Aquaponics is a subset of hydroponics. The difference is that the farmer raises fish in the water tanks underneath or beside the plants. It’s common to rear tilapia, bluegill or koi due to their hardiness and versatility in different water conditions. Farmers do not rear saltwater fish in aquaponics systems because high salinity kills plants. 

The cost of the fish depends on which species they are, but it’s often comparable to the price of fertilizer for a hydroponics setup. Therefore, the farmer can recoup some of the startup cost by selling the fish once they mature. 

However, raising fish is more complex than just raising plants. The farmer must make sure the water tanks, lights and surrounding air meet the parameters for both organisms to survive. It’s a complex process that involves carefully adjusting the temperature and other properties of the setup. Therefore, raising fish makes the most sense for people who want to sell or eat them.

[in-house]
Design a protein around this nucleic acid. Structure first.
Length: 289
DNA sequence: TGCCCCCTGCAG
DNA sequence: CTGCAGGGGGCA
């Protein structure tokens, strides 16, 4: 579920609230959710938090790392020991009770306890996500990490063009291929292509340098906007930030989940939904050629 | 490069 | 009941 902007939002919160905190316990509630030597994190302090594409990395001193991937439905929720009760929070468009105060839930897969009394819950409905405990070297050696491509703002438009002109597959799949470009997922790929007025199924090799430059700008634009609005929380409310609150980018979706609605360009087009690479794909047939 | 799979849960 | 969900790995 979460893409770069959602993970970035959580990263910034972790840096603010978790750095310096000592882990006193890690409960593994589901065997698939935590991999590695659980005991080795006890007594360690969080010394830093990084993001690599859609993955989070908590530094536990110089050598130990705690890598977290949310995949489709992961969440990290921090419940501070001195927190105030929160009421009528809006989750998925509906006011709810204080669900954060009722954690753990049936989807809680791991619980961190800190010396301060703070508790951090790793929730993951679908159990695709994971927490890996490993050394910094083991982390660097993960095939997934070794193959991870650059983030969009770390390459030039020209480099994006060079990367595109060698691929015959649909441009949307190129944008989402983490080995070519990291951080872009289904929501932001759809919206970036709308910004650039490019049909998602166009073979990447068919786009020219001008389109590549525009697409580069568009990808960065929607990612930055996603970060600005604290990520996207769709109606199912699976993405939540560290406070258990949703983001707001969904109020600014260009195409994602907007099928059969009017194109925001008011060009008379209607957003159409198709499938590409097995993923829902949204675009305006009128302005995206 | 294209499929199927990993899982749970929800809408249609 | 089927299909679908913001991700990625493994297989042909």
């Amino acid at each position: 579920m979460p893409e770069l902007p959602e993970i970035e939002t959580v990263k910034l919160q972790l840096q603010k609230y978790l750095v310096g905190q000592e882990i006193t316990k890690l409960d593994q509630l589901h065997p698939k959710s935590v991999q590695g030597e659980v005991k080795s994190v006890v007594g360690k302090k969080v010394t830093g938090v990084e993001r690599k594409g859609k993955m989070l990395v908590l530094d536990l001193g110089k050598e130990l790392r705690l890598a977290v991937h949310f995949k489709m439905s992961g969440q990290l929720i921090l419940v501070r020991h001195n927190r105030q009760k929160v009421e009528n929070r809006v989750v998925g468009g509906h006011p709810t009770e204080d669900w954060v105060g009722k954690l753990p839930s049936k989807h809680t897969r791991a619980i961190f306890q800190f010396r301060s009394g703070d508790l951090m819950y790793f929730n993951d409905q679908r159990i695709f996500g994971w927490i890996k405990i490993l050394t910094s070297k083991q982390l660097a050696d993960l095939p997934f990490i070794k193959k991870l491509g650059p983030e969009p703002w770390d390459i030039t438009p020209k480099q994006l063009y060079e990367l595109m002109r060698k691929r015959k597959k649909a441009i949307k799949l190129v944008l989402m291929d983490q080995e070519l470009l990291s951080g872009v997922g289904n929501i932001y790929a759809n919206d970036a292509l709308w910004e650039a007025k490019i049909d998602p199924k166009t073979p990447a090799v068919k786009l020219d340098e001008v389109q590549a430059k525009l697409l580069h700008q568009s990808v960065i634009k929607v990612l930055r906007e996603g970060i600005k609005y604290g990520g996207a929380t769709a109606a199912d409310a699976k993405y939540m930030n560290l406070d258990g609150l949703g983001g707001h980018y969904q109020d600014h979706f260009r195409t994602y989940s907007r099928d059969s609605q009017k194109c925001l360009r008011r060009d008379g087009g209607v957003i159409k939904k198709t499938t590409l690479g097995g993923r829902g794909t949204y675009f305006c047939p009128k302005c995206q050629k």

Not being able to apply pesticides is one of the main drawbacks to an aquaponics system. If insects become a problem at any point, the farmer will have to use non-chemical methods to eradicate them or else they could harm the fish. Beneficial insects can prey on pests to keep their populations down. 

An aquaponics system takes longer to set up than a hydroponic one. That’s because beneficial bacteria need time to build up in the filter and make the water habitable first.